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TIGSource ForumsDeveloperPlaytesting'Factoricule' A strategic management/factory building game - General feedback
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Author Topic: 'Factoricule' A strategic management/factory building game - General feedback  (Read 285 times)
PricklyPearGames
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« on: July 09, 2021, 07:06:57 PM »

Factoricule is a strategic management game wherein you build a factory to assemble three atomic elements (Hydrogen, Oxygen, and Carbon) into the chemicals found in a fruity cocktail. The game is played in browser and is available on https://pricklypeargames.itch.io/factoricule.

The core gameplay loop is sourcing and directing the various atoms and molecules into mixtures so that you can react them into the next product and continue from there. The whole game takes about 30 minutes to an hour to beat, and there is only one level.

Disclaimer - these gifs are sped up to illustrate the process.

The way in which you direct the particles is by setting up conveyor belts and mechanical arms.


In the above image is a demonstration of the adjustments available for the mechanical arms. You can set the input direction (red line) and the output direction (green line) and where the arm grabs and puts things down (by adjusting the length).

The way in which you create molecules is with assemblers, which can be built from the in game menu, or with hotkeys.

Despite only providing two tools to actually move the particles there is a bit of emergent behavior, such as in the below image where a single supply line is split by mechanical arms to produce two different molecules (Water - cyan, and Ethylene - yellow, ultimately becoming Ethanol - chartreuse)



The terrain generation is random, which leads to various factory setups, depending on what your world looks like. Here are a few potential factories.





I am glad to get any feedback, however the things I would like player information about the most are the control scheme, both the UI play (opening the UI: press m or space) and how the game runs when you have built a factory. The processing demand of a factory may slow down computers, I recently looped through the code and massively reduced the processing demand. Hopefully it should not slow down, but if it does, please let me know what specs you are using and include a screenshot of the busiest part of your factory if possible. Additionally, anyone that plays and would like to share what they made, I would be very happy to see what people come up with.

Oh, and in case anyone is curious about it, here's the source code: https://github.com/Packmanager9/factoricule2
« Last Edit: July 09, 2021, 07:13:25 PM by PricklyPearGames » Logged
Squidathan
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« Reply #1 on: July 12, 2021, 02:33:39 PM »

Disclaimer: I've not played a lot at the moment and haven't progressed very far, I am also not a usual fan of this type of game.

- I think the concept is quite cool for kind of gamifying synthetic routes into strategy-management, even if this wasn't the intention and was just meant to be a backdrop for the management.

- Making only some of the factory-components act like brushes and opposed to one at a time was a very useful idea.

- I played the simple way to play as described on the itch page. I found it strange that there was a character at all, from my experience you could just have the camera move without the presence of any character.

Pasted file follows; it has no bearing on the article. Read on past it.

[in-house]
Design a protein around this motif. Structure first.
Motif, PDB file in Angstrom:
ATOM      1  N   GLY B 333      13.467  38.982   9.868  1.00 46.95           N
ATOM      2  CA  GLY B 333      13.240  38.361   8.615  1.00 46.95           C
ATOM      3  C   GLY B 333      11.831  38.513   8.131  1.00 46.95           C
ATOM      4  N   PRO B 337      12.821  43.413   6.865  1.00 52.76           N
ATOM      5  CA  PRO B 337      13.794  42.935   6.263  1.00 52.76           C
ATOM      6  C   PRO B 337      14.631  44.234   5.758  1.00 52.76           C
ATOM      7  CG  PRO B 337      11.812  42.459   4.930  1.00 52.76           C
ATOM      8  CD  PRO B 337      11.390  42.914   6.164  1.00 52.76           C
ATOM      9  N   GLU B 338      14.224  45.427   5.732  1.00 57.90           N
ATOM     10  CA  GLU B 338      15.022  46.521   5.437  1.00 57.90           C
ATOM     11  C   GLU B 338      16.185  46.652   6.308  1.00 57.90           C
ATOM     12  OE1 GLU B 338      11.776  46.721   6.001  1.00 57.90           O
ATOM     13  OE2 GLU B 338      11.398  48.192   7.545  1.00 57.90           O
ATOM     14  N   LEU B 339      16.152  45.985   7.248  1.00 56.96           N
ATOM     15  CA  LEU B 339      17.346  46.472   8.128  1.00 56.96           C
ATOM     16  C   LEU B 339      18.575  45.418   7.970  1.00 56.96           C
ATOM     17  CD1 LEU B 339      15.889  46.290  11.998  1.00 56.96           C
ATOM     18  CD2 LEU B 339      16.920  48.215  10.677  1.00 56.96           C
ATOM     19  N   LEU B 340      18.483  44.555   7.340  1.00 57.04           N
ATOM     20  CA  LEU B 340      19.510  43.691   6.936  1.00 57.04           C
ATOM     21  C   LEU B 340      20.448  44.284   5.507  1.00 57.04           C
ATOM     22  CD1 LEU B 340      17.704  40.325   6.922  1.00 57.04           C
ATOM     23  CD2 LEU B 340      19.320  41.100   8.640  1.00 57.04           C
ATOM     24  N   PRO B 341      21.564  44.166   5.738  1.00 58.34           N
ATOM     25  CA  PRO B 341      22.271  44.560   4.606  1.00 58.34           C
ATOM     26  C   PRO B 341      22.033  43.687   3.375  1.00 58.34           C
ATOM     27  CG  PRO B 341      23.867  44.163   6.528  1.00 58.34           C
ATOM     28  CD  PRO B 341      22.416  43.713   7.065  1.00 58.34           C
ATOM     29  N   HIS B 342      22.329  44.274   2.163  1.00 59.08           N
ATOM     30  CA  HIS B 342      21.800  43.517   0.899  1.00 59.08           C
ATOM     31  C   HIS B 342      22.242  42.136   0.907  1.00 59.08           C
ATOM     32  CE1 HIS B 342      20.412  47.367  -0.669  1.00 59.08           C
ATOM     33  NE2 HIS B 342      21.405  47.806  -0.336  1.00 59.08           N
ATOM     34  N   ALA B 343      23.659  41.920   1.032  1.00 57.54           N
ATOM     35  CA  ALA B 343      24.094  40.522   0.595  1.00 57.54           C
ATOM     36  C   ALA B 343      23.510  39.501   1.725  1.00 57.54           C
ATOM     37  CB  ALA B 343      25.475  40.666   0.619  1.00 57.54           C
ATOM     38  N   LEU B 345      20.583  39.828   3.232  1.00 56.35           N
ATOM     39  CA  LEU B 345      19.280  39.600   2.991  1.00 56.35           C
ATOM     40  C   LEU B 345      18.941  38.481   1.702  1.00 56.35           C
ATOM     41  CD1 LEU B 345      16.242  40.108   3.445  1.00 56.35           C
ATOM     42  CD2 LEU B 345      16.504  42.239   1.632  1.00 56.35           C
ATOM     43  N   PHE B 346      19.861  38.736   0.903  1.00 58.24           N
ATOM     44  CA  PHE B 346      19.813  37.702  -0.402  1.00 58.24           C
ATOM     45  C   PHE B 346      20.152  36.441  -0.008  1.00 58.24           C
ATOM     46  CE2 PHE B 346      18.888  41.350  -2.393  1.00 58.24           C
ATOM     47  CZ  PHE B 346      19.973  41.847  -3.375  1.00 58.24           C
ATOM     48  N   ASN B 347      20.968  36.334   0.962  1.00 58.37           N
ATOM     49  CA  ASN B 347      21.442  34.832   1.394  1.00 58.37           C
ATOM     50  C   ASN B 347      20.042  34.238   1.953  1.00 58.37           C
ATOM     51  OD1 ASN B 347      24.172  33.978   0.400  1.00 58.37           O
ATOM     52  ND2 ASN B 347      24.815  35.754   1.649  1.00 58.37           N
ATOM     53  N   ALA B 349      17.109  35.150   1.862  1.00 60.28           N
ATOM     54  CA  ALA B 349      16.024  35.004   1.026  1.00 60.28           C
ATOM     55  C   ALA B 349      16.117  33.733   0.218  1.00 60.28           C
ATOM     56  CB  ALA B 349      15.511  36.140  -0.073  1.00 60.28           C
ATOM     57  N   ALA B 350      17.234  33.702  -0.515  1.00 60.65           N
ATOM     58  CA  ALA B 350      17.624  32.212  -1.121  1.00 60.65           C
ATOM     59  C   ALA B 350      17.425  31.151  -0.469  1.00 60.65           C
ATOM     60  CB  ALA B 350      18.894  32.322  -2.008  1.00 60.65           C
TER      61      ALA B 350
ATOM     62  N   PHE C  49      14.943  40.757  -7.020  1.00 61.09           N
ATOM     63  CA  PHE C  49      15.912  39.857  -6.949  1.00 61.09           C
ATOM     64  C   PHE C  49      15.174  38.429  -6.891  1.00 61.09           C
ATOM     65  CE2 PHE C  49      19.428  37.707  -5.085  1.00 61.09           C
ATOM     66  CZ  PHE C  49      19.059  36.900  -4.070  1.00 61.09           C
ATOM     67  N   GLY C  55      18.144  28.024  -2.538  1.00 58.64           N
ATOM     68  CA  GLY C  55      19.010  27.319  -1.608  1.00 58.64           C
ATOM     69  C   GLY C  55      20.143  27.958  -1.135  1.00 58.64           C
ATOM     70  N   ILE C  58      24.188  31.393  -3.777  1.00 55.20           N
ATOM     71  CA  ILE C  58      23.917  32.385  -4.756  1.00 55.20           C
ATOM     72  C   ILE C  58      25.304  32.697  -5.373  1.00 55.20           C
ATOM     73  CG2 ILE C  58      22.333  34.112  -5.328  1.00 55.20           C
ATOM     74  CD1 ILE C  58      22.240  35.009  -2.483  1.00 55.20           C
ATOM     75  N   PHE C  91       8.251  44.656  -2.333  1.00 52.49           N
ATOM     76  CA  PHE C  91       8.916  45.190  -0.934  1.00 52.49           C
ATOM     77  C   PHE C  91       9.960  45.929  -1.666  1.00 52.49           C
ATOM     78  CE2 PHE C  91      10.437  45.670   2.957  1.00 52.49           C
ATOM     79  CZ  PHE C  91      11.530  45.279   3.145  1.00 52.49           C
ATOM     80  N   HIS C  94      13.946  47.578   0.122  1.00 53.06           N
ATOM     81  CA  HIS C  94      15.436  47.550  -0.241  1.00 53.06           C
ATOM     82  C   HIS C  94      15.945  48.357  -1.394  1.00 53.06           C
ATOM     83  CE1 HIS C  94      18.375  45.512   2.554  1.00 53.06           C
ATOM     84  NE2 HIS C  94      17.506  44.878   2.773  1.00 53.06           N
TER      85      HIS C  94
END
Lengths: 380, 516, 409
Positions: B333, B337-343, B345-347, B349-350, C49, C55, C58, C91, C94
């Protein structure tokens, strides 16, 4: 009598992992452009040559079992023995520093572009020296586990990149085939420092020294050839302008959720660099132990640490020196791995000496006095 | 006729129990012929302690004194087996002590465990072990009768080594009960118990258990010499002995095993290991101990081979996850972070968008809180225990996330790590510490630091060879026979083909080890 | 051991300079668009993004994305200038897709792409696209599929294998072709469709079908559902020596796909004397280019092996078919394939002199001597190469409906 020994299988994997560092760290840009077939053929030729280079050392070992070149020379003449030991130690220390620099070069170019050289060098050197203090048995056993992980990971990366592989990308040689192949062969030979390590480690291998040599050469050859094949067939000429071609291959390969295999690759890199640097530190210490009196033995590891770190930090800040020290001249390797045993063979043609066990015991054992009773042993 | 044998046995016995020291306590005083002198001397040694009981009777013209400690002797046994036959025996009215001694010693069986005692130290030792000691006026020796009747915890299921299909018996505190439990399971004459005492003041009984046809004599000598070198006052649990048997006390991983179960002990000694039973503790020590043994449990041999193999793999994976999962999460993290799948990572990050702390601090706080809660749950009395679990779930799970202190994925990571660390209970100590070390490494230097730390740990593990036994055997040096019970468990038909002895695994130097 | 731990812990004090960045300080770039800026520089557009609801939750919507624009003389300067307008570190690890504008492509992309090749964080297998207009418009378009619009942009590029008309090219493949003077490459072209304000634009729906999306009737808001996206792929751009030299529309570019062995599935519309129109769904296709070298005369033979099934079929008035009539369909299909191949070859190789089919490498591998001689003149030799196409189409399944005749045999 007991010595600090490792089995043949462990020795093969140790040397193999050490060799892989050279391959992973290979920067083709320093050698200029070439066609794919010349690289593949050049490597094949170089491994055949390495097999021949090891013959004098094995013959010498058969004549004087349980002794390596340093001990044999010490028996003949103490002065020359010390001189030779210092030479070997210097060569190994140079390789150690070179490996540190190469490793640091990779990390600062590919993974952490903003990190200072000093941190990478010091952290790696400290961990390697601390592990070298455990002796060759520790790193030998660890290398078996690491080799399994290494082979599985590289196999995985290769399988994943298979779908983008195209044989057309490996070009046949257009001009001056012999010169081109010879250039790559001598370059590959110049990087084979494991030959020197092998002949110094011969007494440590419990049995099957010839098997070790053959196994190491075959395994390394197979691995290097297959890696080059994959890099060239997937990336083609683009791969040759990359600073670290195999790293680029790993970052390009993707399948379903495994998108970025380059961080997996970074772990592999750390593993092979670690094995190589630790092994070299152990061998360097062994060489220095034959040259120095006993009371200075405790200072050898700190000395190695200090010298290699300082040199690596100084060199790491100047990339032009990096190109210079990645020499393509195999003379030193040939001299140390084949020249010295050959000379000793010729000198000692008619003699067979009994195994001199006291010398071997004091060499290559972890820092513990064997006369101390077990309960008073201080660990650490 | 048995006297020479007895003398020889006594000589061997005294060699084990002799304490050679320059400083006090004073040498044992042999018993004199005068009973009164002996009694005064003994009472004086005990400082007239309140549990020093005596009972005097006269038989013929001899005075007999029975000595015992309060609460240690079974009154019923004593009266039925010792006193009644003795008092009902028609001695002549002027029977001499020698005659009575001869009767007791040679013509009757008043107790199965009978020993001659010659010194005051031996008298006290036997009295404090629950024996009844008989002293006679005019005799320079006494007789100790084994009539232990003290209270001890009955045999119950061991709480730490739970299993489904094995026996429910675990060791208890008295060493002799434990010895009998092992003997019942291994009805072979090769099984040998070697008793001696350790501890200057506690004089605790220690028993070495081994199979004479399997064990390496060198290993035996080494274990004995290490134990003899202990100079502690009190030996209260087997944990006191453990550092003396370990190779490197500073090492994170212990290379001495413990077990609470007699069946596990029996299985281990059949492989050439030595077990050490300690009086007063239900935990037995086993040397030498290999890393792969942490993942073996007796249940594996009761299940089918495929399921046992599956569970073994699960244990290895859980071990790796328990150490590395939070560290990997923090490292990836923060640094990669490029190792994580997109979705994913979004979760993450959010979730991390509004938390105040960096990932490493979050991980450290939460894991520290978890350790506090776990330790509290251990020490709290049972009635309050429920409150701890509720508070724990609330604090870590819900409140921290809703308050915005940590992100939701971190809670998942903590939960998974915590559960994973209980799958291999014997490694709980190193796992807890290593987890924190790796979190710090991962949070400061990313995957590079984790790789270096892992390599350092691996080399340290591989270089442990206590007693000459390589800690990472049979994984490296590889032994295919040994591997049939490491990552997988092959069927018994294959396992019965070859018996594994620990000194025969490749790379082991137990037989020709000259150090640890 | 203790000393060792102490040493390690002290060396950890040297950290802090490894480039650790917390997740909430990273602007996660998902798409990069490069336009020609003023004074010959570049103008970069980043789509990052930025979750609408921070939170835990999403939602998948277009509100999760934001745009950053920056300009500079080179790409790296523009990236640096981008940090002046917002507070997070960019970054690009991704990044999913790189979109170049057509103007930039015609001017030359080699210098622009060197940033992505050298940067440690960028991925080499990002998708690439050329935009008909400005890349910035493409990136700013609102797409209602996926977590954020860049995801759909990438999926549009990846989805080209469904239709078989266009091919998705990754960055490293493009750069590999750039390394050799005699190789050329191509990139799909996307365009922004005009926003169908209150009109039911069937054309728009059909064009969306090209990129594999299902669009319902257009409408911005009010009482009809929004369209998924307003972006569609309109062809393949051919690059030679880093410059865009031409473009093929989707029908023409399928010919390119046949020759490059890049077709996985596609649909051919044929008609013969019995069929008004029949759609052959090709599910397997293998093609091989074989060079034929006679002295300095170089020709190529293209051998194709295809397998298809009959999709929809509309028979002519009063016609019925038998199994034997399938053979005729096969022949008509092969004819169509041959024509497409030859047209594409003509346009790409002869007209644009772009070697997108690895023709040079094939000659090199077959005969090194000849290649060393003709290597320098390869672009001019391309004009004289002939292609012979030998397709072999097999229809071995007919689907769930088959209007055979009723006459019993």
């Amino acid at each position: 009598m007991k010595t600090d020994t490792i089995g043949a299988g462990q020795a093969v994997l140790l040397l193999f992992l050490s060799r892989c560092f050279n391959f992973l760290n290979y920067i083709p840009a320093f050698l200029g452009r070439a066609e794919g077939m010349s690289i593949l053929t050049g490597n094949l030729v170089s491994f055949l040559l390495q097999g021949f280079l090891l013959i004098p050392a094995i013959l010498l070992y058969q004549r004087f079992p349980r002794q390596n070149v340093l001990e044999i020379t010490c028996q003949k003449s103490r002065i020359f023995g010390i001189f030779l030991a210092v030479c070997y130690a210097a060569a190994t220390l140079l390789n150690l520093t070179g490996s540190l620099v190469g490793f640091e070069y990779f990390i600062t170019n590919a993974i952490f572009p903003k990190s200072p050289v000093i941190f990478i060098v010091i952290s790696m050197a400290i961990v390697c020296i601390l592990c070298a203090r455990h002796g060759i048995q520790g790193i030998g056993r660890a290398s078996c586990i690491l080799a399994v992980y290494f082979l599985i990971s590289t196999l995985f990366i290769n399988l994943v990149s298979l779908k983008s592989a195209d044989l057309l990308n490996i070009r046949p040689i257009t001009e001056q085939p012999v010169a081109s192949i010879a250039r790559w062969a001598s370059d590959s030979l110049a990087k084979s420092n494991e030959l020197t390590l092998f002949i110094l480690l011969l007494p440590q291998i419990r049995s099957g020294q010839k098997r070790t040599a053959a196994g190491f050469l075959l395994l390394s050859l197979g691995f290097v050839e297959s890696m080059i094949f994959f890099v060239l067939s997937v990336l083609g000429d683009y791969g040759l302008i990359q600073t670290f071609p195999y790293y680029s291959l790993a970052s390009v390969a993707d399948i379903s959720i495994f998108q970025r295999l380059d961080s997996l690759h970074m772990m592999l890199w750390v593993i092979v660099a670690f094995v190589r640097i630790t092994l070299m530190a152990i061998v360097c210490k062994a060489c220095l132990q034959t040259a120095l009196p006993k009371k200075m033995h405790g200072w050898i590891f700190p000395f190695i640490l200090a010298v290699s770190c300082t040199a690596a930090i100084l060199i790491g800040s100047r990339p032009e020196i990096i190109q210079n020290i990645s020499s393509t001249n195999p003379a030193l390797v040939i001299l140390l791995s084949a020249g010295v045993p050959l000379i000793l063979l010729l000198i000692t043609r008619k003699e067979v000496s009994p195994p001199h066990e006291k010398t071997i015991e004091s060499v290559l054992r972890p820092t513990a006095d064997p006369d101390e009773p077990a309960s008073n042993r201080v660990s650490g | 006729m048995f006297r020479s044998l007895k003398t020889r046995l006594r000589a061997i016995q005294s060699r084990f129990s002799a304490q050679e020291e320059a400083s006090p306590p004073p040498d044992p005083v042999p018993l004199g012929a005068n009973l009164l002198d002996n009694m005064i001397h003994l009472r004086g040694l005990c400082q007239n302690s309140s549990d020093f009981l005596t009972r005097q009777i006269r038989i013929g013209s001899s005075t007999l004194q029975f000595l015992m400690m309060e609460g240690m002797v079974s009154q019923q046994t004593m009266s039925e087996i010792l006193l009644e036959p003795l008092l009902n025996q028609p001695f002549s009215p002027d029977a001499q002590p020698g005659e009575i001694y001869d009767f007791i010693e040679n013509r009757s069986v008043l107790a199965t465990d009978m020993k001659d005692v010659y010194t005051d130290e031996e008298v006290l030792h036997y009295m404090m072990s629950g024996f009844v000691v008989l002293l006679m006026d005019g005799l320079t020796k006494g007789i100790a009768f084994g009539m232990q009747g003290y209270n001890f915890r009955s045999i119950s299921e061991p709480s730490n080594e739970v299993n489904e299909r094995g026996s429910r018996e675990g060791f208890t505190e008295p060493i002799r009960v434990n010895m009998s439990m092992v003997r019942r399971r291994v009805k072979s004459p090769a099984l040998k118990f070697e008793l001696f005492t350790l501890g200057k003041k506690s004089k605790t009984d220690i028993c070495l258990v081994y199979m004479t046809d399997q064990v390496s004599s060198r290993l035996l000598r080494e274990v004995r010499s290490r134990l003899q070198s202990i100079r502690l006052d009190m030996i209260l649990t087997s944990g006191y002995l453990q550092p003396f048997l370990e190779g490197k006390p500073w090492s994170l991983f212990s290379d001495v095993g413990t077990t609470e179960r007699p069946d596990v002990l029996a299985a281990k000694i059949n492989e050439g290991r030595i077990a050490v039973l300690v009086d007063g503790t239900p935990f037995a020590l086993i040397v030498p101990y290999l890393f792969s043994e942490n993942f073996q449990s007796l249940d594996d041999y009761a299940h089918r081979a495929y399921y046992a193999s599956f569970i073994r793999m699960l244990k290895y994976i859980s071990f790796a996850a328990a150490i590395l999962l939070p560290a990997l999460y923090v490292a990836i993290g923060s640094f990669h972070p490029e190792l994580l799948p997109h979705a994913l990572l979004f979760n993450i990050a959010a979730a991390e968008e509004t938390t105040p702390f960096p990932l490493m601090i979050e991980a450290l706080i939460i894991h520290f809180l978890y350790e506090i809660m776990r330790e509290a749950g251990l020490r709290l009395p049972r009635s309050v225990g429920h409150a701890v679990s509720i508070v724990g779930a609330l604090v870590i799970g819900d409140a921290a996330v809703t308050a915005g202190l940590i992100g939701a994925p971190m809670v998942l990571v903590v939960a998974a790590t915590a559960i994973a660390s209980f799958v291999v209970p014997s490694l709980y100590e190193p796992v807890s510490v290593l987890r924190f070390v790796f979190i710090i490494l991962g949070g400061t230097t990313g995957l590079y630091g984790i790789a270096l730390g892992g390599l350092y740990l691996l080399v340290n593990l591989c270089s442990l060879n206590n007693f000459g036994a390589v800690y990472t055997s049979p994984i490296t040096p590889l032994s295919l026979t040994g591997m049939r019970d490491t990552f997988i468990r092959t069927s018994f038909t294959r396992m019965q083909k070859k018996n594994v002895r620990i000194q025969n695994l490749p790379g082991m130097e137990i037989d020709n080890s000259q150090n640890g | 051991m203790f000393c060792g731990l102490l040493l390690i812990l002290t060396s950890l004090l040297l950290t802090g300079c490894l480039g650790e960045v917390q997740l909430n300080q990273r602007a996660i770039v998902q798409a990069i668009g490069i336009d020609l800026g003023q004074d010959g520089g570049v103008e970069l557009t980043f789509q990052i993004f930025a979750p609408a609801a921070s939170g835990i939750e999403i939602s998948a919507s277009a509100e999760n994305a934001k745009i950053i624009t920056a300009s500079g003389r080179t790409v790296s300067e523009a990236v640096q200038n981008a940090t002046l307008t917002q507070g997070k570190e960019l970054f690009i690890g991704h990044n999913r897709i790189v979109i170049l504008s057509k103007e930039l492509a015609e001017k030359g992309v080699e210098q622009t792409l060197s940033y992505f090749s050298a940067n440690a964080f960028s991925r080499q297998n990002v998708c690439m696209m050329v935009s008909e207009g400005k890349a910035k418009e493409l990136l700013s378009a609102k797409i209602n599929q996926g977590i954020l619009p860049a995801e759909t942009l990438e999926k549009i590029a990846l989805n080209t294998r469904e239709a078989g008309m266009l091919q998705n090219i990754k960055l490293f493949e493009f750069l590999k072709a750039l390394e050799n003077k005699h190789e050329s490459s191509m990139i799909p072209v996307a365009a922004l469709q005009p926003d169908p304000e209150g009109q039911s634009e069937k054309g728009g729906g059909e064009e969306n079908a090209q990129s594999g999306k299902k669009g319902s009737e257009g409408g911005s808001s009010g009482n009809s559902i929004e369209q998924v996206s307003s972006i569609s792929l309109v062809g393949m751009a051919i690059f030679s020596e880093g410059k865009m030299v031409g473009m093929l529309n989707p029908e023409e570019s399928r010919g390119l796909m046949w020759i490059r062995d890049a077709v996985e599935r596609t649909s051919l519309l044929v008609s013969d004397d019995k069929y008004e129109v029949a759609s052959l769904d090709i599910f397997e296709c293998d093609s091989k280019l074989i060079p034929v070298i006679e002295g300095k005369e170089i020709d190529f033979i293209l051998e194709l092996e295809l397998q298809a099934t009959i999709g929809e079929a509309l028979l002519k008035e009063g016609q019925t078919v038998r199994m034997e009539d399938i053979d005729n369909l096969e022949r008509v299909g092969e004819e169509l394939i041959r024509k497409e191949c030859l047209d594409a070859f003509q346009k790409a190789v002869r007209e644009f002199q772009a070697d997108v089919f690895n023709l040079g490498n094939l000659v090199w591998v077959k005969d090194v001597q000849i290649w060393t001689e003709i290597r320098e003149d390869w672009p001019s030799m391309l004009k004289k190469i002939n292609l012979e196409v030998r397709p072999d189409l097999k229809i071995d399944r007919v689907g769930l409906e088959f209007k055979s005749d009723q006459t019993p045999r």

- I disliked the grey-edge that appeared, I think I would have preferred to have the camera stop moving before then, even if it means the character isn't centred (or just get rid of the character as discussed above).

- Would have liked an option to zoom my perspective out more to get a wider view of the different atom sources around me.
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jbarrios
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« Reply #2 on: July 14, 2021, 08:42:42 AM »

Hey PricklyPearGames,

I played your game and recorded my thoughts:



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bayersglassey
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« Reply #3 on: July 15, 2021, 08:10:50 PM »

I played with this a little bit and really enjoyed the way the particles look & feel.
I like how on the one hand, it has a square grid which seems to have a "cellular automata"-type algorithm running on it, but then within the grid's squares there are actual little particles moving around with Newtonian physics. It's fun to watch them slide and bounce around, instead of just looking at the grid squares' colours change.

That said, I have to admit I couldn't get into it very much as a game. It seemed like I would need to play with it a fair amount in order to get a really cool "machine" going. But I really enjoyed looking at the animations in your post showing the "machines" you ended up with. Smiley
I think this might stem from the fact that your goal was to model (to some degree) the actual chemistry of H, O, and C, which just isn't something I'm particularly interested in.

Actually, one thing which would make me want to play more would be an ability to load up some of the example "machines" you've shown. Whether by having a fixed number of them built into the game, or by having some kind of export/import feature, along with a bunch of example files to load.

Anyway, this looks like it was really fun to make - it's not a clone of anything, it seems very "pure" as an attempt to build something based on real chemistry. I would love to see updates to it, or other experiments.
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tesscaron
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« Reply #4 on: July 21, 2021, 12:56:54 AM »

Excellent pacing, I love it.
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